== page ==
House Minority Leader Kevin McCarthy (R-Calif.) privately encouraged Rep. Liz Cheney (R-Wyo.) on Wednesday to apologize to their fellow House Republicans for voting to impeach then-President Donald Trump last month, Axios and Politico reported.
His reported request came hours before the House GOP conference met to vote on whether to remove Cheney as their chair for her decision to support Trump’s impeachment in the wake of the Jan. 6 attack on the U.S. Capitol. She was one of 10 House Republicans to do so.
McCarthy had reportedly told Cheney, the third-ranking House GOP member, that members of their conference wanted to hear her say she was sorry and that she might sway some of them to vote to keep her in leadership if she did. But Cheney reportedly refused because she didn’t feel it was appropriate and because her team believed she had enough votes anyway.
“Several members have asked me to apologize for the vote, they’ve asked my colleagues who also voted to impeach to apologize for the vote,” Cheney said later Wednesday during the conference meeting, according to Axios. “I cannot do that. It was a vote of conscience. It was a vote of principle — a principle on which I stand and still believe.”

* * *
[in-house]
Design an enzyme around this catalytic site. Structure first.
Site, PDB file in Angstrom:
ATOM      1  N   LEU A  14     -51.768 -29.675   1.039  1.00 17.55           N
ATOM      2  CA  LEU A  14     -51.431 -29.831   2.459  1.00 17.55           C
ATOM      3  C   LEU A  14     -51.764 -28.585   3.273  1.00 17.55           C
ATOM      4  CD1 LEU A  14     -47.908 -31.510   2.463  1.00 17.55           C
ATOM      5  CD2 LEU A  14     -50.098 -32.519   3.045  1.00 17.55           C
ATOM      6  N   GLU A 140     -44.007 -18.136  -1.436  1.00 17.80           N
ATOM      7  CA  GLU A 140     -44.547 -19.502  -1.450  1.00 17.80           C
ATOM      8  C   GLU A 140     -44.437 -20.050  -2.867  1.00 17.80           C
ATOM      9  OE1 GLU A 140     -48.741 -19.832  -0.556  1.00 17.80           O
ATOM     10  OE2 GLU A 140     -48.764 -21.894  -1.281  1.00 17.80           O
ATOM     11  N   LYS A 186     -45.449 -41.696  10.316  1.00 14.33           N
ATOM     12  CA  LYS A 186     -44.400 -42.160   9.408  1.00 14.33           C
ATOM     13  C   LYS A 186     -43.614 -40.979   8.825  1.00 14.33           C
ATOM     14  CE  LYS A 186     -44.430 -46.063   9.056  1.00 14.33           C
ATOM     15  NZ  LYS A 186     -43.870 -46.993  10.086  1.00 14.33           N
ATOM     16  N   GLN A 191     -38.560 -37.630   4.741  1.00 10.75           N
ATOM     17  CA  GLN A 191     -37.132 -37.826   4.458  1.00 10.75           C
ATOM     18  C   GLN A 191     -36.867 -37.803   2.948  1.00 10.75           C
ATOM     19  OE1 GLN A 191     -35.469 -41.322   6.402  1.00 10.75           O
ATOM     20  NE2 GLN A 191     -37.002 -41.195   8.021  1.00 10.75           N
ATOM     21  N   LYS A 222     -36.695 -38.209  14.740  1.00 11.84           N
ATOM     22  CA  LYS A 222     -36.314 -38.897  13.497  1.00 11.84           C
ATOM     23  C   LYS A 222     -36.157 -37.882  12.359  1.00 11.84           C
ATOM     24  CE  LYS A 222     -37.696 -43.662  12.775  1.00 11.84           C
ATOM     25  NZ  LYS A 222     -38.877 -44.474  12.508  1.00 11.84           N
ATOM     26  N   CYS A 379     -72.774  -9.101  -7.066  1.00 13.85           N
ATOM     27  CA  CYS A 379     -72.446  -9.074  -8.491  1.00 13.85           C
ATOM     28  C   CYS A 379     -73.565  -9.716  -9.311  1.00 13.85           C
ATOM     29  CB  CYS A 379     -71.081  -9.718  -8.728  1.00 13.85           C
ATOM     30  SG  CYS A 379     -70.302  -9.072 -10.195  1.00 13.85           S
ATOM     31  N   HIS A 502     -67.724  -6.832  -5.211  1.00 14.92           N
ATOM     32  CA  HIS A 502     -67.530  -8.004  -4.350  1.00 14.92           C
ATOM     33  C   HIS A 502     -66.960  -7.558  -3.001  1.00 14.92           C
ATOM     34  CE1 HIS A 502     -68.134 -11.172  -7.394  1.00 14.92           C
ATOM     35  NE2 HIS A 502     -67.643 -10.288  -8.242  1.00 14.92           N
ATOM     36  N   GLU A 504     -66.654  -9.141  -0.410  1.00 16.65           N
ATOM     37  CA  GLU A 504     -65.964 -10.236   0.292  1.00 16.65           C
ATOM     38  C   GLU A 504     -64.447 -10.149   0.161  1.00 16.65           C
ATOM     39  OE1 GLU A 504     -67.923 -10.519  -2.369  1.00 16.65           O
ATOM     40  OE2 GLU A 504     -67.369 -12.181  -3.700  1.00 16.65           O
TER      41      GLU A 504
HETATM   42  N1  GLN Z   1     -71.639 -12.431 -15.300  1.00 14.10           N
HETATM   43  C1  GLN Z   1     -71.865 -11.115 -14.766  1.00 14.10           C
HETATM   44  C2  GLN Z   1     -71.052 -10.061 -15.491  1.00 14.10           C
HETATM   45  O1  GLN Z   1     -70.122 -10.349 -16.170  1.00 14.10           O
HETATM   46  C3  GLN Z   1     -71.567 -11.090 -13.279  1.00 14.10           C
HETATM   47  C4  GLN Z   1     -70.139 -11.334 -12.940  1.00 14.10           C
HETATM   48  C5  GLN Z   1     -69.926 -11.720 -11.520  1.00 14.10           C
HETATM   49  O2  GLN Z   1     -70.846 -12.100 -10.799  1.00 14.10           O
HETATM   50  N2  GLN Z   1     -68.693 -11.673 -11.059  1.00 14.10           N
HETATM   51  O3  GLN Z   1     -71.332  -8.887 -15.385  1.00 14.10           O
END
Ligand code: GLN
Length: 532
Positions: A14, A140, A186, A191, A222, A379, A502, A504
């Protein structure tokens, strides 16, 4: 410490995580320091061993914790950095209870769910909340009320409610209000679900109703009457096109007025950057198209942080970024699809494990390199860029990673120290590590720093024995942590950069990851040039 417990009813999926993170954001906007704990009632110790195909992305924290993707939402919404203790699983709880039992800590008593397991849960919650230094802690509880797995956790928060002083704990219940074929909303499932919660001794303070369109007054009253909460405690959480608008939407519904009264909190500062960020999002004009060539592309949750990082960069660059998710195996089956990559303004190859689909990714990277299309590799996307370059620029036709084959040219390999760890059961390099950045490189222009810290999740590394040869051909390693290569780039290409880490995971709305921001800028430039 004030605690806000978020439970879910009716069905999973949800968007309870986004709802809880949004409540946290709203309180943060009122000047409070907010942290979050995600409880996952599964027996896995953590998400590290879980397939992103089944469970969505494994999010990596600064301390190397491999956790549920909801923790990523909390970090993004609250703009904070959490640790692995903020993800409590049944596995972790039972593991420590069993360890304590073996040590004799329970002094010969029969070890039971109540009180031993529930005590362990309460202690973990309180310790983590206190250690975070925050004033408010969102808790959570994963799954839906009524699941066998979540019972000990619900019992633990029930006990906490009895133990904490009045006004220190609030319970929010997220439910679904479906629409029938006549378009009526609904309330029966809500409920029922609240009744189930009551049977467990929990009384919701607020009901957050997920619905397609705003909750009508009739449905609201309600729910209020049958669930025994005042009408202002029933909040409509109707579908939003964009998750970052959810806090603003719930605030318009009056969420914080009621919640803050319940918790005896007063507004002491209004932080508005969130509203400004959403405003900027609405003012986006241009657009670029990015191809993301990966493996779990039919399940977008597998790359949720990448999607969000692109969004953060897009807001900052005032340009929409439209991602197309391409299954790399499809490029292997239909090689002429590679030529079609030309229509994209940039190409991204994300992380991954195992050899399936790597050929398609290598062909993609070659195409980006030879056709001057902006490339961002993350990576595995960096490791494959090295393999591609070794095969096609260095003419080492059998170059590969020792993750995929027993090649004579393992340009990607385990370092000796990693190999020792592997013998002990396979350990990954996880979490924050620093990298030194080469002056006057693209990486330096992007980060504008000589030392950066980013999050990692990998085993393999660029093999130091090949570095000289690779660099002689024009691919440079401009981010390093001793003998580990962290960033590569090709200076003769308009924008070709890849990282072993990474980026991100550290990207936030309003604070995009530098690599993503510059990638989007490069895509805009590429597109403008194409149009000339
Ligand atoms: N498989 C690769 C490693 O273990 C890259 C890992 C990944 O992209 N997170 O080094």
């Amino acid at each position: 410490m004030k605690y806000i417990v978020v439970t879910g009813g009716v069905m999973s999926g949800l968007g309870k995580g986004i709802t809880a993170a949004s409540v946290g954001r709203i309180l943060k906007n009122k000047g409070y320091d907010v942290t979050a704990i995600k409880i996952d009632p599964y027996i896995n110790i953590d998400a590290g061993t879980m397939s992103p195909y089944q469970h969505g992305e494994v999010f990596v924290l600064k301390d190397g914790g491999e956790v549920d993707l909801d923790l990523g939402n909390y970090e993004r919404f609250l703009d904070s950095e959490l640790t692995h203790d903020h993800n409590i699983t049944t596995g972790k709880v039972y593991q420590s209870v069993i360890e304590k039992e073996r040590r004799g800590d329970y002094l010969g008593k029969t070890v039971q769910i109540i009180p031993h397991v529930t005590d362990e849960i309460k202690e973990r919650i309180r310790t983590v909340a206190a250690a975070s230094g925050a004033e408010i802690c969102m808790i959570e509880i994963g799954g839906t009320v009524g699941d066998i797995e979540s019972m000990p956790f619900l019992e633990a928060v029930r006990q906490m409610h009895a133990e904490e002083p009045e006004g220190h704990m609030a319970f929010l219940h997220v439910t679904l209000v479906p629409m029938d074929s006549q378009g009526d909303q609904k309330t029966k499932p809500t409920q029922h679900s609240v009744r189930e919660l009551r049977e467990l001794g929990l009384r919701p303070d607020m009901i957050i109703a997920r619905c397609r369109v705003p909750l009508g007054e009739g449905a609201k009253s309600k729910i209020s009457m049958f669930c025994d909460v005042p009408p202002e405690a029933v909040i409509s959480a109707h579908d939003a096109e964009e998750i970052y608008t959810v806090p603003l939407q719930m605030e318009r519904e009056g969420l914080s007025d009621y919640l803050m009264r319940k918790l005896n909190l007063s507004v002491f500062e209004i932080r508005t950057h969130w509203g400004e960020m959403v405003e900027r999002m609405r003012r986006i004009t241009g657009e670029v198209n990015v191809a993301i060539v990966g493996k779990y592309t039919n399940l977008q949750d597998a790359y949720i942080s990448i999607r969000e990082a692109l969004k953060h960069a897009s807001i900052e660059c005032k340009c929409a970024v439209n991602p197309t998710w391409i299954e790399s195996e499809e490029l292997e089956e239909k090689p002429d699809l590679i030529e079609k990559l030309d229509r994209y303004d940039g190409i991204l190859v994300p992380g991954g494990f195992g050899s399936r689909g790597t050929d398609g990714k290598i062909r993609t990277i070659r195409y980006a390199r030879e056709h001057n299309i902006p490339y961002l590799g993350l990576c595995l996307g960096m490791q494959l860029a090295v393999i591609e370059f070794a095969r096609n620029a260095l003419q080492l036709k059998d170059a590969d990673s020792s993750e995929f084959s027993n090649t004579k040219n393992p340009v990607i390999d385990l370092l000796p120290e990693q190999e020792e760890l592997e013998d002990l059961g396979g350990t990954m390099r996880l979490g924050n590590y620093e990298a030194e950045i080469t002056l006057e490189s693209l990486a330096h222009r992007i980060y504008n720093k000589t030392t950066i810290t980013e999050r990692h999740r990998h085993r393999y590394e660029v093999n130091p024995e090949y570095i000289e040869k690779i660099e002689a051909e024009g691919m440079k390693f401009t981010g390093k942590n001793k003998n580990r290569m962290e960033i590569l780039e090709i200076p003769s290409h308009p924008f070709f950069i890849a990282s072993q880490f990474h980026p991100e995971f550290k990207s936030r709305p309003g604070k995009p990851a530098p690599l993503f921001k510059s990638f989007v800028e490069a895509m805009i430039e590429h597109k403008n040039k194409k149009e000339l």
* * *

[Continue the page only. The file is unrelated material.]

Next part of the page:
House Republicans ultimately voted 145-61 to allow Cheney to remain as conference chair. Still, she has continued to face dissent within her party in recent days. The Wyoming Republican Party voted Saturday to censure Cheney and called on her to immediately resign.
Cheney said Sunday that she has no plans to step down. She said some members of her party have bought into Trump’s “lie” of a stolen election and baseless conspiracy theories about the Capitol riot.
“People in the party are mistaken,” Cheney told Fox News. “They believe that BLM and antifa were behind what happened here at the Capitol. That’s just simply not the case. It’s not true. ... People have been lied to.”
“We’ve never seen that kind of assault by the president of the United States on another branch of government,” she later stated, adding: “This is not something we can simply look past or pretend didn’t happen or try to move on. We’ve got to make sure this never happens again.”